Regardless of whether the blood liquefies, he said, the relic should remind Catholics of the blood of Christ “in whose Paschal Mystery we still find ourselves and who is the only one who gives meaning to the great and intense icon of the liquefying blood.”
The 58-year-old archbishop continued: “What in fact is this ampoule? What treasure is it part of? These questions must delve into our hearts every time the martyr Januarius comes to meet us with the sign of his blood.”
“The blood of the martyrs is not a museum piece or a simple relic to be devoutly kept, but a living sign for the today that is given to us, a clear indication for this time that we are called to inhabit, a prophecy of the way in which we must live and a clear reference to what is worth dying for.”
The archbishop, described as a “street priest” before his elevation, recalled by name recent victims of the Camorra mafia and domestic violence, as well as lonely elderly people and the unemployed.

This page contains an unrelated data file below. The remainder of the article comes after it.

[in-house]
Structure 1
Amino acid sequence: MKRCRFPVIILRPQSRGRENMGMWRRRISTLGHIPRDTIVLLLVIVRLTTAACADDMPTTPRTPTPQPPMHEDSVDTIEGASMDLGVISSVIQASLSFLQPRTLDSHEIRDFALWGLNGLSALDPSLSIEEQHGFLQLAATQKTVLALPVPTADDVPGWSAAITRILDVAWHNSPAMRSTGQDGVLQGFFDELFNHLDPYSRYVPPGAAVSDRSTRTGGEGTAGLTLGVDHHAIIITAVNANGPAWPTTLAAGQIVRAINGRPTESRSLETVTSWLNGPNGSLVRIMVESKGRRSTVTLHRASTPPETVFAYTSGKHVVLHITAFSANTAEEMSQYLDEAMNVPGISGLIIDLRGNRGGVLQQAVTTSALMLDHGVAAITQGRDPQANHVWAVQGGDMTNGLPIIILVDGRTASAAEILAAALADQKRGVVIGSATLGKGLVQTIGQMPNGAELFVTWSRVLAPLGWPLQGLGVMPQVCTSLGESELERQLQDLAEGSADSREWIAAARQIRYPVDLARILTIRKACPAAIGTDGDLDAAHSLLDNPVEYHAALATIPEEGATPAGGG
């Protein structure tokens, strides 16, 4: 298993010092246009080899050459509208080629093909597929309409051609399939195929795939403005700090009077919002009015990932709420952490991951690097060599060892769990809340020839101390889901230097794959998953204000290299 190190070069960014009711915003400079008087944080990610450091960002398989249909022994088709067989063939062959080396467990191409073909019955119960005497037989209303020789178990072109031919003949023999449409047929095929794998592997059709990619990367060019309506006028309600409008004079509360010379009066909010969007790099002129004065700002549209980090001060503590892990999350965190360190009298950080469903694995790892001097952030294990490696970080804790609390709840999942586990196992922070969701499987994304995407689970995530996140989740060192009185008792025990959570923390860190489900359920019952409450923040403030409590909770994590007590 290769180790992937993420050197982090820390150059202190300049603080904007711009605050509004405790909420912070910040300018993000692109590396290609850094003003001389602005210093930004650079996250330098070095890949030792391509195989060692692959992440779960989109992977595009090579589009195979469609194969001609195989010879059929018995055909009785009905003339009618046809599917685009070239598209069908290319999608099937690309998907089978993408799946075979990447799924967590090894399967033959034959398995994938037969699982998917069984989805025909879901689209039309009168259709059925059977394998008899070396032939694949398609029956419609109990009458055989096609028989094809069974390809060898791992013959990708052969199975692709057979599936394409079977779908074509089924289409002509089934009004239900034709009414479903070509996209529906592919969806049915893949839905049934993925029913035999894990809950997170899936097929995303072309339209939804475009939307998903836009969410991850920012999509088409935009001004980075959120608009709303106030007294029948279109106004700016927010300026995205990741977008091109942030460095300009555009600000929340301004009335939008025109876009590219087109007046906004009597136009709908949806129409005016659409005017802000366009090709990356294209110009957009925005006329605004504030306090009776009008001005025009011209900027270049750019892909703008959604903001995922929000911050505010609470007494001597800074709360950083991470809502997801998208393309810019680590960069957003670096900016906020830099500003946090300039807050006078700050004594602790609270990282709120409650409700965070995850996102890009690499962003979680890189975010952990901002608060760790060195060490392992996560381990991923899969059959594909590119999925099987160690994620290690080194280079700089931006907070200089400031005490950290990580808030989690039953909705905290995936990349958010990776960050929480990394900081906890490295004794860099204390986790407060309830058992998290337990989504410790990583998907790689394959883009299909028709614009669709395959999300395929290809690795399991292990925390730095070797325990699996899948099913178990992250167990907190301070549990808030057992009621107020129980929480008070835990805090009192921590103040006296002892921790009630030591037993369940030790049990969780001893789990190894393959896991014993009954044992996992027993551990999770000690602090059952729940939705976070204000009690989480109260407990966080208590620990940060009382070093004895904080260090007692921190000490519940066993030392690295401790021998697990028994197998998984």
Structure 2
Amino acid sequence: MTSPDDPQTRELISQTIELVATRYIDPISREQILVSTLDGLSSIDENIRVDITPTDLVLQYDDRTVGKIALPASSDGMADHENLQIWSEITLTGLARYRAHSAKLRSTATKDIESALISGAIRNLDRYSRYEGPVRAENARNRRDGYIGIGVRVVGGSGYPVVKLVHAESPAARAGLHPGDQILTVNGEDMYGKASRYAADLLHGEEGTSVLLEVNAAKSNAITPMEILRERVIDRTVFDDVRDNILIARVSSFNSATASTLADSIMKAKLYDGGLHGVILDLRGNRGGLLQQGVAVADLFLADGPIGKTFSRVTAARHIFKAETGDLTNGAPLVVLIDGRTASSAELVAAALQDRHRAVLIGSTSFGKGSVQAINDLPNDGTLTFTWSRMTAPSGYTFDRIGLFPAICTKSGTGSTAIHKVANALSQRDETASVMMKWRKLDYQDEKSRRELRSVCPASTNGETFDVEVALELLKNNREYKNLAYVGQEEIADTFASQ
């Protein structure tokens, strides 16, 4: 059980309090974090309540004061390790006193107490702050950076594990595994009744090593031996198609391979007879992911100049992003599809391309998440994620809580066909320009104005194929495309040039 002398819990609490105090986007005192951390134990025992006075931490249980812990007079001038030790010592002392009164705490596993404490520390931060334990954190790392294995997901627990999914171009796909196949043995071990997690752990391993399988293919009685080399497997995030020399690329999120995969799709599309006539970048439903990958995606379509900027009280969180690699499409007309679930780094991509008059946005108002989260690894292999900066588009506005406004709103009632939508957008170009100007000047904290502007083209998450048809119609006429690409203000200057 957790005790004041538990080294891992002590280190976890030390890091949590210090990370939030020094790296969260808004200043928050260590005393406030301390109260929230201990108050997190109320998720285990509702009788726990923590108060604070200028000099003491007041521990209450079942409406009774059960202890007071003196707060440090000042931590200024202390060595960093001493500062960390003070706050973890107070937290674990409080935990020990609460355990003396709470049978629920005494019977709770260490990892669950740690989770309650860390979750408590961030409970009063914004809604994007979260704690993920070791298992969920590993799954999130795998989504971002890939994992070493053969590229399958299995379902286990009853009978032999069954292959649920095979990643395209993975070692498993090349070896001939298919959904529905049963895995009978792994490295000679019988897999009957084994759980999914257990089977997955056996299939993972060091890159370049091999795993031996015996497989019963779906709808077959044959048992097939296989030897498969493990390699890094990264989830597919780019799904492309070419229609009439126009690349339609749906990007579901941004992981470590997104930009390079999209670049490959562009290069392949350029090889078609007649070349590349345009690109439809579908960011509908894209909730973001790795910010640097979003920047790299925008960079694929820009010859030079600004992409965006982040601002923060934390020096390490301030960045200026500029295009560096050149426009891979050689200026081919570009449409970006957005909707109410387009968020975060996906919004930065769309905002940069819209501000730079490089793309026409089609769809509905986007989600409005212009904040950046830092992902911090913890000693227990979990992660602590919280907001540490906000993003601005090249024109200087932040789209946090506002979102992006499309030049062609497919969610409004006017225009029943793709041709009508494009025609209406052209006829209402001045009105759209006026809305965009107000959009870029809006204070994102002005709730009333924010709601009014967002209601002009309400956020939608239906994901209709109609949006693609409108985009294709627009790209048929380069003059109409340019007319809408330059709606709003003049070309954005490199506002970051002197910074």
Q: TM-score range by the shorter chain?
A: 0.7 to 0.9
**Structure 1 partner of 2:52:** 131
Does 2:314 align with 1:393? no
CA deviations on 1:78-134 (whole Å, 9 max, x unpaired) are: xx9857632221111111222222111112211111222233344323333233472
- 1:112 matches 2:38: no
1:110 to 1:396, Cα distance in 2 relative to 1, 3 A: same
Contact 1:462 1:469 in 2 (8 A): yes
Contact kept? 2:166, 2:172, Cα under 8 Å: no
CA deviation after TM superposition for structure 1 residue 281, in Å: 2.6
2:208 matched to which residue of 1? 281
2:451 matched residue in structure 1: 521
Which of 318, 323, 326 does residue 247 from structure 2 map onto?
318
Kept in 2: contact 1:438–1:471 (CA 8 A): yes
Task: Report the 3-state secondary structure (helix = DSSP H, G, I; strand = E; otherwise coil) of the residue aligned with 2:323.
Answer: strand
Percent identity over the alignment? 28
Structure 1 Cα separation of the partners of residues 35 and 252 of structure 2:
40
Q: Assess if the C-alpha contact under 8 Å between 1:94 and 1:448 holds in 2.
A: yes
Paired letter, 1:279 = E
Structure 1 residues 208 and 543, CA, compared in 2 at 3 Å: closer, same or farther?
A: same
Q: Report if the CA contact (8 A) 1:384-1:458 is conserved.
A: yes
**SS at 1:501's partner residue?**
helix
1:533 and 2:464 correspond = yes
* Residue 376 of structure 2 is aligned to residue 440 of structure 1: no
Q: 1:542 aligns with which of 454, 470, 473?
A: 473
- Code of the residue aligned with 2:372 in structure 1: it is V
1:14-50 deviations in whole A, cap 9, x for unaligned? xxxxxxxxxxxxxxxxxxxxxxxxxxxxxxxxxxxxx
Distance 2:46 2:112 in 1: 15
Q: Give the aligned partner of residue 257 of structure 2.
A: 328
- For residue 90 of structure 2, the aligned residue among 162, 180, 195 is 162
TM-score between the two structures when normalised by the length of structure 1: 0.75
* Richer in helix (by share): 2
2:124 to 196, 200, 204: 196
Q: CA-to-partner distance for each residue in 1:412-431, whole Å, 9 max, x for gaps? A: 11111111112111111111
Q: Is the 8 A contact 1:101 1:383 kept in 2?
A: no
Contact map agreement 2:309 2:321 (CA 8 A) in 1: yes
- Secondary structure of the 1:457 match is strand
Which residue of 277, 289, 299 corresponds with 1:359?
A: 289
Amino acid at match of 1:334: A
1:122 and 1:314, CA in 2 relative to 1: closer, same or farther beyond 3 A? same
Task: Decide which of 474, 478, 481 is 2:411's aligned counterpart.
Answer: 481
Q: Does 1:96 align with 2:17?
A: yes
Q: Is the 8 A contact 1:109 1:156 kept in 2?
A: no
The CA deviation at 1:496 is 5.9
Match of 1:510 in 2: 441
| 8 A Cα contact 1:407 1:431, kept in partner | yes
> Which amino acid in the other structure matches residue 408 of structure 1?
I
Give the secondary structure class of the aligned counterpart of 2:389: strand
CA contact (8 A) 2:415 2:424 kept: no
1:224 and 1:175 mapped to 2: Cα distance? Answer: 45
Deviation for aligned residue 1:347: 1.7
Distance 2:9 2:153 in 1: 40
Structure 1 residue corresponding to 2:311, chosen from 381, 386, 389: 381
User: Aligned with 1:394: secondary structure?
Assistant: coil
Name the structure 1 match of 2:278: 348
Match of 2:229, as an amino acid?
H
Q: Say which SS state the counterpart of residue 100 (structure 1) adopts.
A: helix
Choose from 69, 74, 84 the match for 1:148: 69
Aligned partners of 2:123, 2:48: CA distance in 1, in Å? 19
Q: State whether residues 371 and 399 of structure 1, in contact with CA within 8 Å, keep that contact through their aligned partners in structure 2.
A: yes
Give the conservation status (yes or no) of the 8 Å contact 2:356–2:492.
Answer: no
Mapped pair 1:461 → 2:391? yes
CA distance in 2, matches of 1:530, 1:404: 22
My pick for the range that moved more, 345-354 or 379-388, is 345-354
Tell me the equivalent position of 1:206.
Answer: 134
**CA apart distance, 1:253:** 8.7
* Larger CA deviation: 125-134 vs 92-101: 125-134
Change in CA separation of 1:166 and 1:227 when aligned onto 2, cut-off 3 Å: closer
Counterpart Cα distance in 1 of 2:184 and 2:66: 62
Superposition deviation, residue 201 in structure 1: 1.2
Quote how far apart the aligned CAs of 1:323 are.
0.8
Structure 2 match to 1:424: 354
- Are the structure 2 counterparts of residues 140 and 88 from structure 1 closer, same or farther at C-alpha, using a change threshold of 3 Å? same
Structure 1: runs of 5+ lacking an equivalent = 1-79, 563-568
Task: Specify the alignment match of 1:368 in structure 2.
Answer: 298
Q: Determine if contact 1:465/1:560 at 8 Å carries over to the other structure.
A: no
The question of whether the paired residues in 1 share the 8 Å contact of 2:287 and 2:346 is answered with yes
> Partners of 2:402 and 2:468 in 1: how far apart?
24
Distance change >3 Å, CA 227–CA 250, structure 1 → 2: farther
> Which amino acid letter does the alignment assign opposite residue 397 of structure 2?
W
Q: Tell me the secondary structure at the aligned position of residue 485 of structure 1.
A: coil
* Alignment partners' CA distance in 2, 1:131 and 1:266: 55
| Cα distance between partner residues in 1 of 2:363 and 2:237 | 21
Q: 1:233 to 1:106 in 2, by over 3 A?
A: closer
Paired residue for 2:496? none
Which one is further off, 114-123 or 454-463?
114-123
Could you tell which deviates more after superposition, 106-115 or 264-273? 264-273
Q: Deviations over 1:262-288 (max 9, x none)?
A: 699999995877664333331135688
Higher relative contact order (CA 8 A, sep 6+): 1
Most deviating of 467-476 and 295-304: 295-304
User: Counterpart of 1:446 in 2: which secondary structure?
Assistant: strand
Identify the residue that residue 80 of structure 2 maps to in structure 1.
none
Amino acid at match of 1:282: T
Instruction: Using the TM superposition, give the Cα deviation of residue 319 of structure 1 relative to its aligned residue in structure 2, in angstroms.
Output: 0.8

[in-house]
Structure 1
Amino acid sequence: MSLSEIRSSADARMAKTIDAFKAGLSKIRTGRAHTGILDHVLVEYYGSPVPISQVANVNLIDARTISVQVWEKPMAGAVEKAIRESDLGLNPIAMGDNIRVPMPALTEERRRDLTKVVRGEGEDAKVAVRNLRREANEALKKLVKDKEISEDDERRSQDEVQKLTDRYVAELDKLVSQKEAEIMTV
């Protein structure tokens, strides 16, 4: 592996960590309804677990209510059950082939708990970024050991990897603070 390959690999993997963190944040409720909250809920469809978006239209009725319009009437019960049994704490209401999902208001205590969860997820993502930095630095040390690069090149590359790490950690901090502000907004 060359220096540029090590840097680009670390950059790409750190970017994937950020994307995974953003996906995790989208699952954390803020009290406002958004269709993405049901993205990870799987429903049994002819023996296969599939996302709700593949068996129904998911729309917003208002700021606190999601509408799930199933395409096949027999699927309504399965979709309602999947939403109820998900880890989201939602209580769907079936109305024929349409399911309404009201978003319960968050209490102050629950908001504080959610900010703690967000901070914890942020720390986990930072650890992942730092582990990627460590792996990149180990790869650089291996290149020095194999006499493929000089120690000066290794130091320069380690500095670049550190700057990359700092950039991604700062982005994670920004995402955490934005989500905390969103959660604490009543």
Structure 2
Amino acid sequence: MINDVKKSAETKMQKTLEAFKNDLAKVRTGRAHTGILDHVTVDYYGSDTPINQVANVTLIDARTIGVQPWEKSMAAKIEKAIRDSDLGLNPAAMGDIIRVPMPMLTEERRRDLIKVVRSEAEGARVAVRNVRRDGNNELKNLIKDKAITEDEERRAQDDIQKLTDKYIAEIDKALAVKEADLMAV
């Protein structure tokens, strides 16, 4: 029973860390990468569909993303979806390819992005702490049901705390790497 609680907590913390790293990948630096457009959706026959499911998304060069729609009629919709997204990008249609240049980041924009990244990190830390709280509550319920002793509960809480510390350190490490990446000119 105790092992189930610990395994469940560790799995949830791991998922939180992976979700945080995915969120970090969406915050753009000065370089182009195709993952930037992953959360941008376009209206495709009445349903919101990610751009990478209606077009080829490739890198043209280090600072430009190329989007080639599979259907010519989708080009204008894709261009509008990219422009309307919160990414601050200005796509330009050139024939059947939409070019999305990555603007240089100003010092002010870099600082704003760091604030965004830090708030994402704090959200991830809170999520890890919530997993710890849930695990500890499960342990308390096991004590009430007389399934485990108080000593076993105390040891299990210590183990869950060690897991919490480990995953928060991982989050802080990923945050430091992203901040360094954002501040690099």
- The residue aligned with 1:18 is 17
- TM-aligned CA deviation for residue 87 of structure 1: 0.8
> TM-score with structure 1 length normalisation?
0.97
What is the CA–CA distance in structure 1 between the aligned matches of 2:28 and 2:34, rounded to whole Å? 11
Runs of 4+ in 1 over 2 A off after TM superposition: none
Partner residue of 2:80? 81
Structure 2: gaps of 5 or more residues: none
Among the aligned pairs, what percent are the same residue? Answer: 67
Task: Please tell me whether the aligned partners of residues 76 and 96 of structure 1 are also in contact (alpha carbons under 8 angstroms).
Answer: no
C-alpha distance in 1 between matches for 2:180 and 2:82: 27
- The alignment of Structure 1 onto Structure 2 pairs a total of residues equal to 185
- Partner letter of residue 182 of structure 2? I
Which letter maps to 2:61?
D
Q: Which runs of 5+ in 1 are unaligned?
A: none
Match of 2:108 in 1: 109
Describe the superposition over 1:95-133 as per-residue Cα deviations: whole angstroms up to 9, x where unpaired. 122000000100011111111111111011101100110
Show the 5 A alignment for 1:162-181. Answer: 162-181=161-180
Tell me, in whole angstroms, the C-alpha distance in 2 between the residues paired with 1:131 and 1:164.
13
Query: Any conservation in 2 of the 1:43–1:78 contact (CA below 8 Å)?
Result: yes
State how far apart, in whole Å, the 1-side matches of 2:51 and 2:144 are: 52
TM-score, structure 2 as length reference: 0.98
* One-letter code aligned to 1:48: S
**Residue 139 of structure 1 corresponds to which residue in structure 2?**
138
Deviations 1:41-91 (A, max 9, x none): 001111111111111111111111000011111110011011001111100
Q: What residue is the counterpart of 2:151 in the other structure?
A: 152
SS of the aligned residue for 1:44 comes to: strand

He said: “There is no social sore or communal wound that does not have the right of citizenship in this precious reliquary, the marvelous apex of the entire treasure of St. Januarius.”
“But don’t misunderstand me, I’m not talking about the precious stones, nor the gems set among golden miters, nor the silver busts of the saints. The real treasure of St. Januarius is his people and, within them, those who sit on the margins of life, the last ones, the most fragile.”
“It is this treasure that, as the Church, together with the institutions and all men and women of goodwill, we are called to guard with fidelity and courage, drawing on the immense patrimony hidden among the shadows and lights that compose it: I am speaking of the patrimony of humanity of this city, of the desire for redemption of its people, of the solidarity of its people. It is from this treasure that St. Januarius asks us to begin again together.”